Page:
An autonomous agent, allocating stochastic resources to incoming tasks, faces increasingly complex situations when formulating its control policy. These situations are often constrained by limited resources of the agent, time limits, physical constraints or other agents. All these reasons explain why complexity and state space dimension increase exponentially in size of considered problem. Unfortunately, models that already exist either consider the sequential aspect of the environment, or its stochastic one or its constrained one. To the best of our knowledge, there is no model that take into account all these three aspects. For example, dynamic constraint satisfaction problems (DCSP) have been introduced by Dechter & Dechter (1988) to address dynamic and constrained problems. However, in DCSPs, there is typically no transition model, and thus no concept of sequence of controls. On the other hand, Fargier, Lang, & Schiex (1996) proposed mixed CSPs (MC-SPs), but this approach considers only the stochastic and the constrained aspects of the problem.
As logic, constraint satisfaction faces the problem of inconsistency which itself naturally leads to the need of expressing preferences. Starting from (Rosenfeld, Hummel, & Zucker 1976), which defined fuzzy constraint networks, a variety of extended constraint frameworks have been proposed. Since 1995, several general axiomatic frameworks that try to cover all these proposals have been introduced. In this paper, we show how algorithms and axioms interacts on a specific class of algorithms: arc consistency enforcing algorithms. The generalization of arc consistency to the Valued CSP framework was recently made possible thanks to the addition of an additional axiom that captures the existence of difference between preferences.
MINLP problems are hard constrained optimization problems, with nonlinear constraints and mixed discrete continuous variables. They can be solved using a Branch-and-Bound scheme combining several methods, such as linear programming, interval analysis, and cutting methods. Our goal is to integrate constraint programming techniques in this framework. Firstly, global constraints can be introduced to reformulate MINLP problems thus leading to clean models and more precise computations. Secondly, interval-based approximation techniques for nonlinear constraints can be improved by taking into account the integrality of variables early. These methods have been implemented in an interval solver and we present experimental results from a set of MINLP instances.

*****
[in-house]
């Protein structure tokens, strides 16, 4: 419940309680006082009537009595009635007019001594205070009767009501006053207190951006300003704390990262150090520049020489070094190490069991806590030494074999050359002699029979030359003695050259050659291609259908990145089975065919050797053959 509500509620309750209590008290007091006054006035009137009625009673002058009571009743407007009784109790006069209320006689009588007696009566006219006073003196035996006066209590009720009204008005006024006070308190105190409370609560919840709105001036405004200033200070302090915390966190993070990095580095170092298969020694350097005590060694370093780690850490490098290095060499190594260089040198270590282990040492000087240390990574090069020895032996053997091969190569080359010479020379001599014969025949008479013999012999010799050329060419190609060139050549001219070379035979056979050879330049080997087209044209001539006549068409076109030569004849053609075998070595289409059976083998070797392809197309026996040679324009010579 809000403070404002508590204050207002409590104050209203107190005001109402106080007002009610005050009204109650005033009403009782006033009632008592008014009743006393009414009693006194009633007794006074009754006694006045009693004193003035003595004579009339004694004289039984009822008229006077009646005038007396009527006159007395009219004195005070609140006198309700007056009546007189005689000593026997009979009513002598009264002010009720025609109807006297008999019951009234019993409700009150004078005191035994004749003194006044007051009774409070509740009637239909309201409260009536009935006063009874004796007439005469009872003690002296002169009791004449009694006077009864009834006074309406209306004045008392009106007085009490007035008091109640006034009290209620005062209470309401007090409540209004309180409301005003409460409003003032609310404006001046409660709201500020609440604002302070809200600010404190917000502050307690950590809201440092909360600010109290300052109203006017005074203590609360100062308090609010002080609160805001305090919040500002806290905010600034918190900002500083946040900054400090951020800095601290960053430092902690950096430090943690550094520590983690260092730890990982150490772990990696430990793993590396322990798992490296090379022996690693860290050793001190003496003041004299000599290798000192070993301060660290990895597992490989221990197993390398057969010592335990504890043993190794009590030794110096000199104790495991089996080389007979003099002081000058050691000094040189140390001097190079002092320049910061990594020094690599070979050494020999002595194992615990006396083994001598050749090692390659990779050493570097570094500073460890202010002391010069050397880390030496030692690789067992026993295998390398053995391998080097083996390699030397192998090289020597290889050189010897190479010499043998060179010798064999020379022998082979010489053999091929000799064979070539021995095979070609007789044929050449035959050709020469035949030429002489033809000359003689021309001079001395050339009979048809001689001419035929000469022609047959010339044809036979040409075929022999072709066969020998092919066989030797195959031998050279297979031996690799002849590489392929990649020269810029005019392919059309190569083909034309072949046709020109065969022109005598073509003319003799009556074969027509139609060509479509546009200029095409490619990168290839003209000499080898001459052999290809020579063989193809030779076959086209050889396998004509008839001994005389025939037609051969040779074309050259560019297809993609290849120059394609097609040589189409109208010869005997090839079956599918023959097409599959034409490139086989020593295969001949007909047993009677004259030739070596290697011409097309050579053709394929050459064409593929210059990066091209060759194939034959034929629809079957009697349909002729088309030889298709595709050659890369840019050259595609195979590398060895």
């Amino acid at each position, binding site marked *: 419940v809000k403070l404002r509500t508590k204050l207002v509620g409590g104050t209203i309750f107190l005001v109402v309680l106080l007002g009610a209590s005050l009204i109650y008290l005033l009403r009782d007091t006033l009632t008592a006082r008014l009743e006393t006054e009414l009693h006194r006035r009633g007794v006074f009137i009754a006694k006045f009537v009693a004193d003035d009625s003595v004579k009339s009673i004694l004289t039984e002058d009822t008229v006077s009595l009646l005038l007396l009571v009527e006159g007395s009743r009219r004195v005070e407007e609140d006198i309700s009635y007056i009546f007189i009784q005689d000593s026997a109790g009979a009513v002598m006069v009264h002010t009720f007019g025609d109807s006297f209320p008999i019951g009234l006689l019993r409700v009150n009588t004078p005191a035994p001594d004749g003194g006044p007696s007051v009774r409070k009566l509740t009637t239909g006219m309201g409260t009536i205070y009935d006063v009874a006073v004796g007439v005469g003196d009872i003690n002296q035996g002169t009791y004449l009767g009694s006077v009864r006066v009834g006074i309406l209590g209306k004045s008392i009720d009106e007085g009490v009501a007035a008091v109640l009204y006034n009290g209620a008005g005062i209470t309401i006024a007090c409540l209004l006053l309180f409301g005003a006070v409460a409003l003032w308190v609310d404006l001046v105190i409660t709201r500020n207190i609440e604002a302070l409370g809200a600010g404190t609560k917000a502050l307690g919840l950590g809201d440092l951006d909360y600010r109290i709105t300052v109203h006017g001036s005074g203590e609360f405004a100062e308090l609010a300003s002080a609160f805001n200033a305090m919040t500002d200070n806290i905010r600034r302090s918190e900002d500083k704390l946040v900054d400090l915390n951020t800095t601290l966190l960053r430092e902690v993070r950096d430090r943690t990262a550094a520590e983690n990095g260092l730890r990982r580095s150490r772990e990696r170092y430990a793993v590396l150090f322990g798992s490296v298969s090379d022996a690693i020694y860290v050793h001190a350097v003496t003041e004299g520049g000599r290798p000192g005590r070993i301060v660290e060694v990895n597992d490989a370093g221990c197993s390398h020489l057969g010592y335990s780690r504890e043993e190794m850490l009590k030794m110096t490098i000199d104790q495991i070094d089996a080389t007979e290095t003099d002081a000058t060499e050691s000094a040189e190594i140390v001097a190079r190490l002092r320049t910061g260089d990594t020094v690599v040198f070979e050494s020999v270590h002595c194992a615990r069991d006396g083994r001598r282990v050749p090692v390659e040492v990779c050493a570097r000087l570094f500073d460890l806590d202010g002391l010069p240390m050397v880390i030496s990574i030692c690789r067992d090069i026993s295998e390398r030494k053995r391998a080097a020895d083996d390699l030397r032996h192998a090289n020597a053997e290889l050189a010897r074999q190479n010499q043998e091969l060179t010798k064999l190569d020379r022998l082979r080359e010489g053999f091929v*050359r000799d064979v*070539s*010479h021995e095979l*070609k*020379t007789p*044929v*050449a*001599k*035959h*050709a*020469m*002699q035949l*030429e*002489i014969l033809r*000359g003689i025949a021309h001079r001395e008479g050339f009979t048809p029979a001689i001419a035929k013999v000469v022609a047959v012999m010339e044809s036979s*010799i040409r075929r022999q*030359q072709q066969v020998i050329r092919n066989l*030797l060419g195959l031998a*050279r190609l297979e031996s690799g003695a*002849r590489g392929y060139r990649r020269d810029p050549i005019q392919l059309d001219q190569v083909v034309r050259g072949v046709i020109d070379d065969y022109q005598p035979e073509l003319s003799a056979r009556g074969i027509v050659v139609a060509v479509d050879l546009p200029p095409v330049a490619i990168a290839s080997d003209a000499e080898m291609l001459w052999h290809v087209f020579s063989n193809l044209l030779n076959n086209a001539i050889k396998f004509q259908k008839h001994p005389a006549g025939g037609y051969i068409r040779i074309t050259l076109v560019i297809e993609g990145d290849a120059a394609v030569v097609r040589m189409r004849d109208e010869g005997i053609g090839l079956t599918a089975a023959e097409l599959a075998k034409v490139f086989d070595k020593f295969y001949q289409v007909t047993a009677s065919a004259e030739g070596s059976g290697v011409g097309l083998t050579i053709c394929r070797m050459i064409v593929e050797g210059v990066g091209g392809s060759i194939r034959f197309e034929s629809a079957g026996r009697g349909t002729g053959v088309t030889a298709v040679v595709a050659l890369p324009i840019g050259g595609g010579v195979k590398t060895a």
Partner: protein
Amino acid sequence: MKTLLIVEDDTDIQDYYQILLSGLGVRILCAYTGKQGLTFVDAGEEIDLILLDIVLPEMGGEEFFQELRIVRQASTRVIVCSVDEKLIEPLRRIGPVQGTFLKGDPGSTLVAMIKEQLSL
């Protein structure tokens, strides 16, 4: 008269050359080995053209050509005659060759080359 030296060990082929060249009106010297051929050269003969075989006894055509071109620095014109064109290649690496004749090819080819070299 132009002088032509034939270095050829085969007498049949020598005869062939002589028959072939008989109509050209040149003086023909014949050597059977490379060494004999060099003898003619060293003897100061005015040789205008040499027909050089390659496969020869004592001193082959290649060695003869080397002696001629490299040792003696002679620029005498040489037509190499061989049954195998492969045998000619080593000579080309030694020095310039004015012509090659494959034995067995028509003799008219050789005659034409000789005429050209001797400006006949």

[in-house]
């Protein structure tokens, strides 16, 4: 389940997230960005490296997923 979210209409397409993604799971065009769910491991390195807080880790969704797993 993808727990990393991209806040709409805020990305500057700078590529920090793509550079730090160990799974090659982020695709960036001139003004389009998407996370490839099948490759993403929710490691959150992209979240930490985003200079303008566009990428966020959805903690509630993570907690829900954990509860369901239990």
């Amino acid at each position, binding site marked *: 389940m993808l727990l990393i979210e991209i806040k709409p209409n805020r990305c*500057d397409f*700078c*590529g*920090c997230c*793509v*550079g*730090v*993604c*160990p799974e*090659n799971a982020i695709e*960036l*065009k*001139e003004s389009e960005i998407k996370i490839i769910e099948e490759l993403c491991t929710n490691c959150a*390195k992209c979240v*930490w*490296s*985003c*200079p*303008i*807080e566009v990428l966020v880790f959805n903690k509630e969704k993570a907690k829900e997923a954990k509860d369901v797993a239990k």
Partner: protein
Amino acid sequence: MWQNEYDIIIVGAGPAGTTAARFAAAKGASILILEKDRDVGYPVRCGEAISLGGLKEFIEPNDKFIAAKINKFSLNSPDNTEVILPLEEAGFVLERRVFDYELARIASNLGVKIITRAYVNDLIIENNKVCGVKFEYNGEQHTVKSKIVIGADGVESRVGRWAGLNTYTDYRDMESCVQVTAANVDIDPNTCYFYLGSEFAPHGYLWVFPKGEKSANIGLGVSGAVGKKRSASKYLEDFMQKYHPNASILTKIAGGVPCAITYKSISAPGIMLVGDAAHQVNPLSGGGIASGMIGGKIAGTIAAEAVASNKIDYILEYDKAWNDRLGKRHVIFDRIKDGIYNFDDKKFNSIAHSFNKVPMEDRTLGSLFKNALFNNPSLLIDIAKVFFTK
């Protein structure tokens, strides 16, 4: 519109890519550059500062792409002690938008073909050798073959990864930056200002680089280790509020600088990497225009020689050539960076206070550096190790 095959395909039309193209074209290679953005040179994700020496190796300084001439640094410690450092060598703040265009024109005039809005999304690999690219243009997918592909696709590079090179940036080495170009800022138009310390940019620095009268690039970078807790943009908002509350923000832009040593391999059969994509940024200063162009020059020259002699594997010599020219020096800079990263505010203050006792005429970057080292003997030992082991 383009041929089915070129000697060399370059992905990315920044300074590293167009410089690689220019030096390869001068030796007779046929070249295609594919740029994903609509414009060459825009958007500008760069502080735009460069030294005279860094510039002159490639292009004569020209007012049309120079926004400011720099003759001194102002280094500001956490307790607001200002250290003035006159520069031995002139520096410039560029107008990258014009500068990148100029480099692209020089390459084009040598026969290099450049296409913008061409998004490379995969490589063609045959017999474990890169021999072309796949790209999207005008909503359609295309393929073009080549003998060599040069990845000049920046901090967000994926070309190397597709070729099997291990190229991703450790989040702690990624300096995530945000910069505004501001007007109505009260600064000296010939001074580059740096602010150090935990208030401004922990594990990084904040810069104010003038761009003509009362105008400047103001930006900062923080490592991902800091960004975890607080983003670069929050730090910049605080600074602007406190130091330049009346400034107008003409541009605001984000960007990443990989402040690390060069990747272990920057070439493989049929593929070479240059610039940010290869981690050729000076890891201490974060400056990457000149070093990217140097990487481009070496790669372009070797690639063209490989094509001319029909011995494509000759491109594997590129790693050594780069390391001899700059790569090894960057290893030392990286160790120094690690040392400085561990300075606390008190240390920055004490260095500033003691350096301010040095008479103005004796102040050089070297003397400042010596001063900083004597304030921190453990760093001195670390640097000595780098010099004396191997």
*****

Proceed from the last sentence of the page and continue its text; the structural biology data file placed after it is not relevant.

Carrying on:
If the Constraint Satisfaction framework has been extended to deal with Constraint Optimization problems, it appears that optimization is far more complex than satisfaction. One of the causes of the inefficiency of complete tree search methods, like Depth First Branch and Bound, lies in the poor quality of the lower bound on the global valuation of a partial assignment, even when using Forward Checking techniques. In this paper, we introduce the Russian Doll Search algorithm which replaces one search by n successive searches on nested subproblems (n being the number of problem variables), records the results of each search and uses them later, when solving larger subproblems, in order to improve the lower bound on the global valuation of any partial assignment. On small random problems and on large real scheduling problems, this algorithm yields surprisingly good results, which greatly improve as the problems get more constrained and the bandwidth of the used variable ordering diminishes. The Constraint Satisfaction framework (CSP) is now widely used to represent and solve numerous Artificial Intelligence problems (planning, scheduling, diagnosis, design...).
We introduce an Embarrassingly Parallel Search (EPS) method for solving constraint problems in parallel, and we show that this method matches or even outperforms state-of-the-art algorithms on a number of problems using various computing infrastructures. EPS is a simple method in which a master decomposes the problem into many disjoint subproblems which are then solved independently by workers. Our approach has three advantages: it is an efficient method; it involves almost no communication or synchronization between workers; and its implementation is made easy because the master and the workers rely on an underlying constraint solver, but does not require to modify it. This paper describes the method, and its applications to various constraint problems (satisfaction, enumeration, optimization). We show that our method can be adapted to different underlying solvers (Gecode, Choco2, OR-tools) on different computing infrastructures (multi-core, data centers, cloud computing).